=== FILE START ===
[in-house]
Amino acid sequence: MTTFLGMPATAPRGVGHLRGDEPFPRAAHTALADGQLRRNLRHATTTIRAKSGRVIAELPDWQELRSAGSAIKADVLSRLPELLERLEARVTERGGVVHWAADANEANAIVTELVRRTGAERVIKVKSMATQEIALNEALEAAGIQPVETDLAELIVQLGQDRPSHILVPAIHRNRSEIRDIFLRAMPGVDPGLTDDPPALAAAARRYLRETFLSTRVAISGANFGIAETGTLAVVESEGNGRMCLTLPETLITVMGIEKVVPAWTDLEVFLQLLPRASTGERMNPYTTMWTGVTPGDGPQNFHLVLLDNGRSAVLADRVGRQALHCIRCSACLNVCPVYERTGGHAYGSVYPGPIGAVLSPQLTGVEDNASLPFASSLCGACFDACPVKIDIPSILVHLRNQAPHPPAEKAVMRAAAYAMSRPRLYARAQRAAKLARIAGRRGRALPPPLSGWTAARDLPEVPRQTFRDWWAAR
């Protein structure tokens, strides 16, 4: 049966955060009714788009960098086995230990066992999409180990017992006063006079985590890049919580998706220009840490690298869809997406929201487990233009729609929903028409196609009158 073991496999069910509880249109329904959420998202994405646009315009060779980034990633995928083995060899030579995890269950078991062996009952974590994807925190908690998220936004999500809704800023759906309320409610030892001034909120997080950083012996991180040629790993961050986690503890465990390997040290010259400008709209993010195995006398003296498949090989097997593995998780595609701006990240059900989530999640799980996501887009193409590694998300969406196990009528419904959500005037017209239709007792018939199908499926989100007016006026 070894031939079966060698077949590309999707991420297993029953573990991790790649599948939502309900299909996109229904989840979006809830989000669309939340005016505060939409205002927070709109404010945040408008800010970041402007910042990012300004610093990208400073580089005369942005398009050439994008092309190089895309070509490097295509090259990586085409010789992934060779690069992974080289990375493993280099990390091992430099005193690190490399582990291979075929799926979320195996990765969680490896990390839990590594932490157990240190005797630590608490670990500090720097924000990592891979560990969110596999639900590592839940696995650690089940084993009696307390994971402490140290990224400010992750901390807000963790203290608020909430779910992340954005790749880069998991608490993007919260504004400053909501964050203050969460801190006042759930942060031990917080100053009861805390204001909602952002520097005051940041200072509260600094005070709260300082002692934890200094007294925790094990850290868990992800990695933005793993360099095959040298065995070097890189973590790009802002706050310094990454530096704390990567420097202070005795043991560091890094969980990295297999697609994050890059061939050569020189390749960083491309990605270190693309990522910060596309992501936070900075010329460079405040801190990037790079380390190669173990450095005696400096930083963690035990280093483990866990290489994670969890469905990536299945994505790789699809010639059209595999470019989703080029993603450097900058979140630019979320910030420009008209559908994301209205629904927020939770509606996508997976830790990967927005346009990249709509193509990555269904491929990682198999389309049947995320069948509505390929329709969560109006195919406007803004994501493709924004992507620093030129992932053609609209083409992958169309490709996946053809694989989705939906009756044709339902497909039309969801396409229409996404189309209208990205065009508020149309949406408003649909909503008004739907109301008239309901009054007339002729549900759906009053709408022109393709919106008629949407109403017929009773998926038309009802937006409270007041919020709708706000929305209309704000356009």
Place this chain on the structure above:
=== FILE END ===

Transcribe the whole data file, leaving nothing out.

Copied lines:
[in-house]
Amino acid sequence: MTTFLGMPATAPRGVGHLRGDEPFPRAAHTALADGQLRRNLRHATTTIRAKSGRVIAELPDWQELRSAGSAIKADVLSRLPELLERLEARVTERGGVVHWAADANEANAIVTELVRRTGAERVIKVKSMATQEIALNEALEAAGIQPVETDLAELIVQLGQDRPSHILVPAIHRNRSEIRDIFLRAMPGVDPGLTDDPPALAAAARRYLRETFLSTRVAISGANFGIAETGTLAVVESEGNGRMCLTLPETLITVMGIEKVVPAWTDLEVFLQLLPRASTGERMNPYTTMWTGVTPGDGPQNFHLVLLDNGRSAVLADRVGRQALHCIRCSACLNVCPVYERTGGHAYGSVYPGPIGAVLSPQLTGVEDNASLPFASSLCGACFDACPVKIDIPSILVHLRNQAPHPPAEKAVMRAAAYAMSRPRLYARAQRAAKLARIAGRRGRALPPPLSGWTAARDLPEVPRQTFRDWWAAR
């Protein structure tokens, strides 16, 4: 049966955060009714788009960098086995230990066992999409180990017992006063006079985590890049919580998706220009840490690298869809997406929201487990233009729609929903028409196609009158 073991496999069910509880249109329904959420998202994405646009315009060779980034990633995928083995060899030579995890269950078991062996009952974590994807925190908690998220936004999500809704800023759906309320409610030892001034909120997080950083012996991180040629790993961050986690503890465990390997040290010259400008709209993010195995006398003296498949090989097997593995998780595609701006990240059900989530999640799980996501887009193409590694998300969406196990009528419904959500005037017209239709007792018939199908499926989100007016006026 070894031939079966060698077949590309999707991420297993029953573990991790790649599948939502309900299909996109229904989840979006809830989000669309939340005016505060939409205002927070709109404010945040408008800010970041402007910042990012300004610093990208400073580089005369942005398009050439994008092309190089895309070509490097295509090259990586085409010789992934060779690069992974080289990375493993280099990390091992430099005193690190490399582990291979075929799926979320195996990765969680490896990390839990590594932490157990240190005797630590608490670990500090720097924000990592891979560990969110596999639900590592839940696995650690089940084993009696307390994971402490140290990224400010992750901390807000963790203290608020909430779910992340954005790749880069998991608490993007919260504004400053909501964050203050969460801190006042759930942060031990917080100053009861805390204001909602952002520097005051940041200072509260600094005070709260300082002692934890200094007294925790094990850290868990992800990695933005793993360099095959040298065995070097890189973590790009802002706050310094990454530096704390990567420097202070005795043991560091890094969980990295297999697609994050890059061939050569020189390749960083491309990605270190693309990522910060596309992501936070900075010329460079405040801190990037790079380390190669173990450095005696400096930083963690035990280093483990866990290489994670969890469905990536299945994505790789699809010639059209595999470019989703080029993603450097900058979140630019979320910030420009008209559908994301209205629904927020939770509606996508997976830790990967927005346009990249709509193509990555269904491929990682198999389309049947995320069948509505390929329709969560109006195919406007803004994501493709924004992507620093030129992932053609609209083409992958169309490709996946053809694989989705939906009756044709339902497909039309969801396409229409996404189309209208990205065009508020149309949406408003649909909503008004739907109301008239309901009054007339002729549900759906009053709408022109393709919106008629949407109403017929009773998926038309009802937006409270007041919020709708706000929305209309704000356009």
Place this chain on the structure above: